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Alienable Rights: The Exclusion of African Americans in a White Man's Land, 1619-2000
Synopses & Reviews
In a devastating narrative that spans more than three centuries, the authors maintain that the drive for African-American equality has never had the support of the majority of Americans.
Despite the great racial upheavals of the Civil War and Reconstruction periods, and the federal governments attempts to give blacks the right to vote, hold office, own land, and enjoy full citizenship, Jim Crow and "separate but equal" became the law of the land. And the spectacular gains of the civil rights era of the 1960s were followed by a discouraging backlash in the 1980s.
Racial progress was made only in brief historical bursts when a committed militant minority — abolitionists, radical republicans, civil rights activists — stirred the nation, pressuring it to change. Invariably, however, these advances have been followed by concerted efforts to restore white privilege.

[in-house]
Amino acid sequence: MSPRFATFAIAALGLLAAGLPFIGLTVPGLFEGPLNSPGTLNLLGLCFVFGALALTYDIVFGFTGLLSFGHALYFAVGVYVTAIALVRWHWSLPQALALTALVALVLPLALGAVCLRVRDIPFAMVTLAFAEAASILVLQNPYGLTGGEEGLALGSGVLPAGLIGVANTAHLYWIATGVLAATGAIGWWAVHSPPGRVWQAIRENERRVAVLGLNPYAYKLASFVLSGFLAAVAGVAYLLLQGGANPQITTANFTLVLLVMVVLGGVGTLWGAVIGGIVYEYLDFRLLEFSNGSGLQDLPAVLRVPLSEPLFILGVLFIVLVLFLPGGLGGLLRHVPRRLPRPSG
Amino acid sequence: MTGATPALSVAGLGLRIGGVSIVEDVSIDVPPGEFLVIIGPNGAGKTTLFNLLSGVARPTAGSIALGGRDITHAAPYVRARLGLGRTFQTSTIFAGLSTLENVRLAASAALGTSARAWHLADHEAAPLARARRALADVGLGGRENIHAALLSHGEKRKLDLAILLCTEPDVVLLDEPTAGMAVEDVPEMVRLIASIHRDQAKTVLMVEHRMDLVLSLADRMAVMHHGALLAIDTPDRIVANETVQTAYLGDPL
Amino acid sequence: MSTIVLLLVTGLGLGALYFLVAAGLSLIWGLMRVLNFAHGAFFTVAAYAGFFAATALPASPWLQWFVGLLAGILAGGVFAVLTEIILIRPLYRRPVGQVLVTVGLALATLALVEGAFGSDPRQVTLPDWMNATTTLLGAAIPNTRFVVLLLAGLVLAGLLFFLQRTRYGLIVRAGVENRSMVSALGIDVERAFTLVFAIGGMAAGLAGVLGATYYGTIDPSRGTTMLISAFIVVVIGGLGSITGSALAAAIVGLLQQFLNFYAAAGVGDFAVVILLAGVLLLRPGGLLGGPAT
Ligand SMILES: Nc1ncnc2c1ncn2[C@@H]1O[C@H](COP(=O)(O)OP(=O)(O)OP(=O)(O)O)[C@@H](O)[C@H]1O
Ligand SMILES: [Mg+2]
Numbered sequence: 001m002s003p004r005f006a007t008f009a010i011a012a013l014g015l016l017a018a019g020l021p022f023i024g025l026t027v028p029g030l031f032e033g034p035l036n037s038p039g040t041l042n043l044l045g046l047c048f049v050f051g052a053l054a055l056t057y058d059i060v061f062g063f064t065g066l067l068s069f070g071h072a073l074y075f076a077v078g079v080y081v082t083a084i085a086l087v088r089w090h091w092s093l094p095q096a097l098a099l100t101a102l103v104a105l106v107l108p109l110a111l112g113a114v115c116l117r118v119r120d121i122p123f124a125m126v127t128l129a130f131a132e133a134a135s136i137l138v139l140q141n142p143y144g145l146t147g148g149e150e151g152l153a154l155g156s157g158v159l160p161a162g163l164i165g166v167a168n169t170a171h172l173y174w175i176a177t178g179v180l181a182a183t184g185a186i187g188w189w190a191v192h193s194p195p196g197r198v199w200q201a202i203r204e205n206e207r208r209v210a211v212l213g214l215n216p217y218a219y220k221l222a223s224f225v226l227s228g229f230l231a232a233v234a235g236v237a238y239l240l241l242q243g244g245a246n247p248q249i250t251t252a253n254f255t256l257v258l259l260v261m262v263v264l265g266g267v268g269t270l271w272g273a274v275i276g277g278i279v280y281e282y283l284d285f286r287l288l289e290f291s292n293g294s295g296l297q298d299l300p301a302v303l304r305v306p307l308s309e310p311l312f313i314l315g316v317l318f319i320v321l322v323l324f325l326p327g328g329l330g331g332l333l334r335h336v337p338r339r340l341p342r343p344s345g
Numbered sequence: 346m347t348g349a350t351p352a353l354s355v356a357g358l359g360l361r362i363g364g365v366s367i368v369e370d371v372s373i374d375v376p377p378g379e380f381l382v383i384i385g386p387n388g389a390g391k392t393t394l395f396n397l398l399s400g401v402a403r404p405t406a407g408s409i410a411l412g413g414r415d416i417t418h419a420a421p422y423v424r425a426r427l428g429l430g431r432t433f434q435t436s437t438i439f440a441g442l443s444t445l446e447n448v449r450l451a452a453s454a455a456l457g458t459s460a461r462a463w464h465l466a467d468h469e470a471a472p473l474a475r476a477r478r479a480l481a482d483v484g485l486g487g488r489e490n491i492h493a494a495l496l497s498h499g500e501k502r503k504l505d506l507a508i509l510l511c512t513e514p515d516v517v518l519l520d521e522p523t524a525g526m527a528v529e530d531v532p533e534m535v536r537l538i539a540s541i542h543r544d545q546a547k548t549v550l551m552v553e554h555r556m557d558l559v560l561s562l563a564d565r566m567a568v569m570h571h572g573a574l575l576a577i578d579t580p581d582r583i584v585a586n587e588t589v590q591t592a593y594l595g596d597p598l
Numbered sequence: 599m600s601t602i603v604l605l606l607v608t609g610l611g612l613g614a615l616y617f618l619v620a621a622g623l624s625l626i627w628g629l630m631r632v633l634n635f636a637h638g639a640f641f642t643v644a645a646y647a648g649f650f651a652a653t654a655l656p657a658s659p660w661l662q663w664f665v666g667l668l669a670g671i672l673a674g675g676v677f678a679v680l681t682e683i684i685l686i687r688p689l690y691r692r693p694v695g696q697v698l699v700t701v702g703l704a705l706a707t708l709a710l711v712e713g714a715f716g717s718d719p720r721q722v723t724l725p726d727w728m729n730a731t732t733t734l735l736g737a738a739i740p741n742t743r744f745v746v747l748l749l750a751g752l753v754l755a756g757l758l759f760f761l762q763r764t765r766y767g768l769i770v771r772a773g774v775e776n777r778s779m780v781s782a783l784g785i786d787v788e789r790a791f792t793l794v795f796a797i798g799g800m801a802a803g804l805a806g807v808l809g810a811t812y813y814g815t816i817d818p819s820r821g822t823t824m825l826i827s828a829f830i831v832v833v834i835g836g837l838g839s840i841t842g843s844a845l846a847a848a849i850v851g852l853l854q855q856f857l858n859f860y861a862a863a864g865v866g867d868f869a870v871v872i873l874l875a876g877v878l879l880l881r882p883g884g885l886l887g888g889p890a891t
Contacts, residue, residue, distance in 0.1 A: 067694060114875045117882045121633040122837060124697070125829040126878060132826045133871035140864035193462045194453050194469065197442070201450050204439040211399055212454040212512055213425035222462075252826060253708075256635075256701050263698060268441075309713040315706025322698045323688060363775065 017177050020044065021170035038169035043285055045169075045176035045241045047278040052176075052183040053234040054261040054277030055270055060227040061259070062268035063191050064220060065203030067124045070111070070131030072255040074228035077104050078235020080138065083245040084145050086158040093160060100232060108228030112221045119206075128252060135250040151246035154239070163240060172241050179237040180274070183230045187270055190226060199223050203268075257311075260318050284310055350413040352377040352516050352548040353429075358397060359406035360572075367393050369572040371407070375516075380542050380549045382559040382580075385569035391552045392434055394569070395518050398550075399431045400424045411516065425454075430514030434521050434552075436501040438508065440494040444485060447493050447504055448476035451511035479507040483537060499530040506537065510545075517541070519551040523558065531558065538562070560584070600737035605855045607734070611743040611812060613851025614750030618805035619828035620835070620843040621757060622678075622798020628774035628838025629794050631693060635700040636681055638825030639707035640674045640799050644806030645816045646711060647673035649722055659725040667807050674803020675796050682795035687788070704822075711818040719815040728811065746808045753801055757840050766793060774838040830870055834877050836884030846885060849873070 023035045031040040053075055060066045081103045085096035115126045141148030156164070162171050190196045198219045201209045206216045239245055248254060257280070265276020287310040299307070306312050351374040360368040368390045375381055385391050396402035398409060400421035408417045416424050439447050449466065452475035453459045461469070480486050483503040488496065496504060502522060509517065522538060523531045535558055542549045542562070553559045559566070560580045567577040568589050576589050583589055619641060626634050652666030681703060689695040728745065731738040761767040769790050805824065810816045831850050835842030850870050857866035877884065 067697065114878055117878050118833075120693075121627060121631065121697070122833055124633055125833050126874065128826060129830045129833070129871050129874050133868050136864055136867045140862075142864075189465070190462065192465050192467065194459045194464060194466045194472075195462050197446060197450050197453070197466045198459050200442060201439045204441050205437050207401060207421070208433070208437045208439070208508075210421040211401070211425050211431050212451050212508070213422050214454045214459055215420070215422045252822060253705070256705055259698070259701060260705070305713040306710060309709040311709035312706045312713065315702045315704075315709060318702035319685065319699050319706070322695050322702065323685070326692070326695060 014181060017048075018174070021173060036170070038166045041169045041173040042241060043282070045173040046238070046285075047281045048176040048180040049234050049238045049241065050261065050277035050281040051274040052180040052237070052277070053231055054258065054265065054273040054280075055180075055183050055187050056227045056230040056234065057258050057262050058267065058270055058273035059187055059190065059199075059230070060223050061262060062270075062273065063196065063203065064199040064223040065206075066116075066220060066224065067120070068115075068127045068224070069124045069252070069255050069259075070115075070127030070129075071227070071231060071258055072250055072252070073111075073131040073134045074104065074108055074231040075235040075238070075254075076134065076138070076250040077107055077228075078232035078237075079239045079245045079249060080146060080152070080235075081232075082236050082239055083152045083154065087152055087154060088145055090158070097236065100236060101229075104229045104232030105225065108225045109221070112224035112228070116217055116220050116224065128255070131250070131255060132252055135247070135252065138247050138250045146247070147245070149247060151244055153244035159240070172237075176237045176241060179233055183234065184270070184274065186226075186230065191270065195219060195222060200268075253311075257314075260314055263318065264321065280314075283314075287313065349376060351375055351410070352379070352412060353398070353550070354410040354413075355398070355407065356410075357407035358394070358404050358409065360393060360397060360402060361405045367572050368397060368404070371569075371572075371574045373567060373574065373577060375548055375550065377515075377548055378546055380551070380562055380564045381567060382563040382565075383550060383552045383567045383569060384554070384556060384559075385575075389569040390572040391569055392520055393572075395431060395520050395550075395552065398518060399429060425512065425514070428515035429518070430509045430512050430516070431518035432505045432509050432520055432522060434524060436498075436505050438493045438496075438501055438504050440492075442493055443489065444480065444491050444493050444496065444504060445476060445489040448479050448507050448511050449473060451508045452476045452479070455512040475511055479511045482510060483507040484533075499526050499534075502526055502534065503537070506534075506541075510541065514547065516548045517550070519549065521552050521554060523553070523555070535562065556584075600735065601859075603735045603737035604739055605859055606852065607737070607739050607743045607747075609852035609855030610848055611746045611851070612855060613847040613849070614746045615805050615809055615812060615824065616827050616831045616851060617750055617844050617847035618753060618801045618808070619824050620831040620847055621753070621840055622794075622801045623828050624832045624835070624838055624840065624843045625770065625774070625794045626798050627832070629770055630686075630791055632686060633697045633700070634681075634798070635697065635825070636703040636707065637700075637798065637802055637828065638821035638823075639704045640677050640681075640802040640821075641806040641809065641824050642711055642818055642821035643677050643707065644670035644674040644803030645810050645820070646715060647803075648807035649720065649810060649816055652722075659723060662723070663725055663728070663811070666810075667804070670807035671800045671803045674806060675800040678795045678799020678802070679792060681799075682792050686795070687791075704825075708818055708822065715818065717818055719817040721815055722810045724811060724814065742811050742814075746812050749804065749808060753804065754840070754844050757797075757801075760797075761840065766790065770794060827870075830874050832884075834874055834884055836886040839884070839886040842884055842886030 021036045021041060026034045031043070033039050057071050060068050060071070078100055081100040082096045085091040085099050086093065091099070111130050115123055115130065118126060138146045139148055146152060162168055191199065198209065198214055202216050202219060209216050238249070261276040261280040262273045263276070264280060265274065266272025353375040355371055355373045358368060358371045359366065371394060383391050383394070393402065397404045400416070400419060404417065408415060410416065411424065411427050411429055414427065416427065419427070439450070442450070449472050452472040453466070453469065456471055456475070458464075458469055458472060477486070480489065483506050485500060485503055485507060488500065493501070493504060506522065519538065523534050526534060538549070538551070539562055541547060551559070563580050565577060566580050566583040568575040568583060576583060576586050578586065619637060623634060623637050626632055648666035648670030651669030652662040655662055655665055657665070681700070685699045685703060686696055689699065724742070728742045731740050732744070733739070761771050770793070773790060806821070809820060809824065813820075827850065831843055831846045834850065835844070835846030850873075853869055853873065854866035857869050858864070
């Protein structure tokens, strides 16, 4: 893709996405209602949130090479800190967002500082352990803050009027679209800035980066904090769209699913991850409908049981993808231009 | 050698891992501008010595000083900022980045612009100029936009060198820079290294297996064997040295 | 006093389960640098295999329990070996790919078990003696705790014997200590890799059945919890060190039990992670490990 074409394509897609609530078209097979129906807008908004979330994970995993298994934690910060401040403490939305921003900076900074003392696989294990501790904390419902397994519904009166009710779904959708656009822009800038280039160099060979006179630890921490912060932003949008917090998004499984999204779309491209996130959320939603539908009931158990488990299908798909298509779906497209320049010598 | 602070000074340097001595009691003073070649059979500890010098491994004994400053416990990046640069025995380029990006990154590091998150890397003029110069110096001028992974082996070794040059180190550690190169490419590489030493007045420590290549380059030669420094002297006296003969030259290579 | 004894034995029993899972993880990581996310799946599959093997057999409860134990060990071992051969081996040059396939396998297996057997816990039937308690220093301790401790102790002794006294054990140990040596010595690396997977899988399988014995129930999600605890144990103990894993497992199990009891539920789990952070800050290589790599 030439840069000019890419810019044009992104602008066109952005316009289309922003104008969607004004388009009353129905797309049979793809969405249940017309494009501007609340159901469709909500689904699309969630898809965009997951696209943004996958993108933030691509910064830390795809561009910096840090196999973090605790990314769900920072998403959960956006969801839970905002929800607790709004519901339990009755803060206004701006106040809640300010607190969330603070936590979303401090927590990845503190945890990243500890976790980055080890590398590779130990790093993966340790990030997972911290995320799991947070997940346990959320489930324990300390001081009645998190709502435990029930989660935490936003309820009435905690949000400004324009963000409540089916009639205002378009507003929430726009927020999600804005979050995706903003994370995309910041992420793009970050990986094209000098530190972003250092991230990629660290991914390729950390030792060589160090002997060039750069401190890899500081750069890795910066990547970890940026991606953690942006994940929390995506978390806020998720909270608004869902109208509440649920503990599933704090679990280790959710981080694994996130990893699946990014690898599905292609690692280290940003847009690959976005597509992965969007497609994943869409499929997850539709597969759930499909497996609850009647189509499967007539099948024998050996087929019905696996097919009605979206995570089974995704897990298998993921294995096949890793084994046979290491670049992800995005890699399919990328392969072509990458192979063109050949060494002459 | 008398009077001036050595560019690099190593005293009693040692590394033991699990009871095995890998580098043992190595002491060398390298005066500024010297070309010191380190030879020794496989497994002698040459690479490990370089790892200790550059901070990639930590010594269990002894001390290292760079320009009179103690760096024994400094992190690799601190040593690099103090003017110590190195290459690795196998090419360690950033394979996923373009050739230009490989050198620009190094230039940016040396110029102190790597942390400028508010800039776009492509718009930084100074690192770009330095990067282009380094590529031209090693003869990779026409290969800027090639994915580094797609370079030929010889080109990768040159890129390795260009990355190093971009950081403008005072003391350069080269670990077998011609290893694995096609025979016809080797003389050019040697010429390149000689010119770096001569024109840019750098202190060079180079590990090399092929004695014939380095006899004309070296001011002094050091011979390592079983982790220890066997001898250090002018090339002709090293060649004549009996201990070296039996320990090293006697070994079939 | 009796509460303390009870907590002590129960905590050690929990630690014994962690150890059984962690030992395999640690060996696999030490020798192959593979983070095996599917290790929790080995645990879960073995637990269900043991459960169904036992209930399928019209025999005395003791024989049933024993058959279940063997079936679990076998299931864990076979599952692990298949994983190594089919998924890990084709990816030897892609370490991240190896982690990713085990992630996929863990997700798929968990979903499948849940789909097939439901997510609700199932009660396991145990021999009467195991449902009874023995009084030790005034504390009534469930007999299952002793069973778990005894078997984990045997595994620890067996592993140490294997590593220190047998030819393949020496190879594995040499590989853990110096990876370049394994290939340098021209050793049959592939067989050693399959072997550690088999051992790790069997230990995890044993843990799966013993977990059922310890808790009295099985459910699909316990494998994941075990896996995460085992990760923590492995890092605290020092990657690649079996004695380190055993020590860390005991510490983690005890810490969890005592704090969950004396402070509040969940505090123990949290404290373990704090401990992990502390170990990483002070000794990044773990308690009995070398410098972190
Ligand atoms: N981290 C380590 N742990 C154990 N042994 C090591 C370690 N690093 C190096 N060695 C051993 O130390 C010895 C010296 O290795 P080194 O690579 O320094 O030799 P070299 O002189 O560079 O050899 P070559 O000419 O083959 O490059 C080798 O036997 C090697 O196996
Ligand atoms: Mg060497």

About the Author
Barry Sanders teaches at Pitzer College, The Claremont Colleges, in California. He lives in Southern California.
Francis D. Adams is an independent scholar. He lives in Southern California.
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